James Guthrie, senior fellow and director of education policy studies for the George W. Bush Institute and a faculty member in SMU’s Annette Caldwell Simmons School of Education and Human Development, discussed the qualities that make a good teacher and how to improve the quality of education with The Dallas Morning News Feb. 27, 2010.

David Meltzer, Anthropology, Dedman College, provided expertise for a commentary on climate change and the weather by journalist Lee Cullum that was broadcast on KERA Radio 90.1 FM Feb. 26, 2010. Read and listen to the full commentary. audio

Faculty in the News: March 24, 2009

Peter Heslin, Management and Organizations, Cox School of Business, discussed his research on “brainwriting” – a potentially more effective alternative to brainstorming – with The Washington Post March 18, 2009.

Dennis Simon, Political Science, Dedman College, provided expertise for an article on the Obama administration’s political learning curve that appeared in The Washington Examiner March 19, 2009.

By | 2009-03-24T11:45:45+00:00 March 24, 2009|Categories: Faculty in the News|Tags: , , , |

Nearly 50 will make 2009 Civil Rights Pilgrimage March 6

Lawrence Huggins with the SMU Civil Rights Pilgrimage 2008Nearly 50 SMU community members will leave campus March 6 for a journey into living history. The 2009 Civil Rights Pilgrimage departs at 3 p.m. for an 8-day bus ride to the South’s civil rights landmarks.

This year’s contingent includes 18 undergraduates and 8 Master of Liberal Studies students, as well as 20 staff and other SMU community members, says Dennis Simon. Simon and Matthew Wilson, both associate professors of political science in SMU’s Dedman College, will make the pilgrimage, along with CRP Trip Coordinator Ray Jordan of the Office of the Chaplain and Religious Life.

Participants “will meet and talk with the keepers of history,” says Simon, whose undergraduate course “Basic Issues in American Democracy” includes a focus on civil rights issues. “This trip helps to achieve what I call immersion – students will see and experience what they’ve been studying in my class.”

The 8-day journey includes stops in Little Rock, Arkansas; Selma (for the Bloody Sunday anniversary), Montgomery, Tuscaloosa and Birmingham, Alabama; Oxford, Mississippi; and Memphis, Tennessee.

Watch the SMU Forum for more news about the 2009 Pilgrimage. (Above, 2008 pilgrimage participants visit Brown Chapel AME Church where the Selma-to-Montgomery marches were staged and to which marchers retreated on Bloody Sunday, March 7, 1965. Coach Lawrence Huggins, a teacher at the time of the marches, is standing in front of the group.)

Learn more about the Civil Rights Pilgrimage at the SMU Chaplain’s website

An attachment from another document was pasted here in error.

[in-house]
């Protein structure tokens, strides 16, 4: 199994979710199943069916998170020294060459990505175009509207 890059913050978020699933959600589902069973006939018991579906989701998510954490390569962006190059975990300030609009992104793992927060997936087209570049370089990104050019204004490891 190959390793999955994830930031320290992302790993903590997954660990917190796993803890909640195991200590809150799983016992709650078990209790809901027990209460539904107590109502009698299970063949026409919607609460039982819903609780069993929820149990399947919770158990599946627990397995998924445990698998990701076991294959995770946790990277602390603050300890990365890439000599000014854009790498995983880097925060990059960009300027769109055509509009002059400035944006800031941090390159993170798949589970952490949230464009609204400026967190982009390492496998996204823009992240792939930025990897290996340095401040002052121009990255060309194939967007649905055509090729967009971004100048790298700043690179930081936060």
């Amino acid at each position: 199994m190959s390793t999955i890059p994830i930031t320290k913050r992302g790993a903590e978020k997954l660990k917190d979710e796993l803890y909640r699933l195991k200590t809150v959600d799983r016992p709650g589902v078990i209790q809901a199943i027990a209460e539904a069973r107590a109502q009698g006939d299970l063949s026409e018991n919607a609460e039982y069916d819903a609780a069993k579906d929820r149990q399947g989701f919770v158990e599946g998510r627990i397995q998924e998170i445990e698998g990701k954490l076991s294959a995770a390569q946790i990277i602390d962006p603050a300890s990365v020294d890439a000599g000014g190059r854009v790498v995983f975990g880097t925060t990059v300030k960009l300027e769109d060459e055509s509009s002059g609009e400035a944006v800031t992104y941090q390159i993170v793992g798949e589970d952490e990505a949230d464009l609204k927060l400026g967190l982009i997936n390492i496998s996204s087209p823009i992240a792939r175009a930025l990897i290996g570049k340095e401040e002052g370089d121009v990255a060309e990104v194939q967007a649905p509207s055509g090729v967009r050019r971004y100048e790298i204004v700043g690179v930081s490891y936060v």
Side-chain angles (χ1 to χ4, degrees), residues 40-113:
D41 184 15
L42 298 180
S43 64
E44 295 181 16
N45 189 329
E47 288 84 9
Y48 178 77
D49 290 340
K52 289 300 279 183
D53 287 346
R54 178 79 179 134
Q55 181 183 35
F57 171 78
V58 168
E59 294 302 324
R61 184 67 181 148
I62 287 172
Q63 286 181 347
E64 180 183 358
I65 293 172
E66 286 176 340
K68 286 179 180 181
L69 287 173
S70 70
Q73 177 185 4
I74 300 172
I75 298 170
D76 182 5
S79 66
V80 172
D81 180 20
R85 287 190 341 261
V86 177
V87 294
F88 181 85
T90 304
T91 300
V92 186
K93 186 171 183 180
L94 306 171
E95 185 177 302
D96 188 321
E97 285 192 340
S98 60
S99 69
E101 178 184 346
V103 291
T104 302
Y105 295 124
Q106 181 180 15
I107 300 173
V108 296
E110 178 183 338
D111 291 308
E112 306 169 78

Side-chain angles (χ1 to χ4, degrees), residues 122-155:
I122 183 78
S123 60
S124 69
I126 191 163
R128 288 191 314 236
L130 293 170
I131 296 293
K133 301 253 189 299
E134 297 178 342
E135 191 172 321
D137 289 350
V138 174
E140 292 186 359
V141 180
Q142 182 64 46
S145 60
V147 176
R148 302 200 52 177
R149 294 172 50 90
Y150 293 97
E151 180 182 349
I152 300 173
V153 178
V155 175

Faculty in the News: Winter Break 2008-09

Cal Jillson, Political Science, Dedman College, provided expertise for several political stories, including:

  • how Republicans in Congress may be playing a high-risk game by snubbing Barack Obama, who has publicly sought their support, in Forbes magazine, Jan. 29, 2009
  • how a new bill that would boost health care coverage for children would cost and benefit Texans, in The Fort Worth Star-Telegram, Jan. 15, 2009
  • the continuing influence of West Texas in the state legislature as Tom Craddick is replaced as speaker, in The Lubbock Avalanche-Journal, Jan. 3, 2009
  • Rahm Emanuel, Barack Obama, and the Illinois governor’s scandal, in The Washington Examiner, Dec. 28, 2008

Dennis Simon, Political Science, Dedman College, talked about the challenges Barack Obama will face as president, including the challenge of expectations, with The Austin American-Statesman Jan. 18, 2009.

Kathleen Cooper, Tower Center for Political Studies, Dedman College, discussed how Texas will be affected as investments based on high oil prices fall on hard times in an op-ed published in The Houston Chronicle, Jan. 10, 2009.

Robin Lovin, Maguire University Professor of Ethics, discussed whether there is a place for “divine certainty” in the White House in The Dallas Morning News‘ Texas Faith blog Jan. 27, 2009. He also wrote about President Obama and the nature of historical moments for National Public Radio website Jan. 21, 2009.

SMU Theology Dean William LawrenceWilliam Lawrence, Dean, Perkins School of Theology, talked about the often unusual relationship between presidents and preachers in a commentary on 90.1 KERA-FM Radio Jan. 16, 2009 (listen online or download) audio. He also discussed “firsts and lasts” in American political discourse in a KERA commentary broadcast on Dec. 19, 2008 (listen online or download) audio.

Mike Davis, Finance, Cox School of Business, discussed why most individuals have zero comprehension of $1 trillion, and how to make the amount easier to understand, with The Dallas Morning News Jan. 29, 2009.

Ravi Batra, Economics, Dedman College, discussed the current state of the country and its economy in a feature profile published in The Fort Worth Weekly Dec. 16, 2008.

Karen Thomas, Journalism, Meadows School of the Arts, wrote about the changes already begun because of President Obama in an article published in The Dallas Morning News Jan. 20, 2009.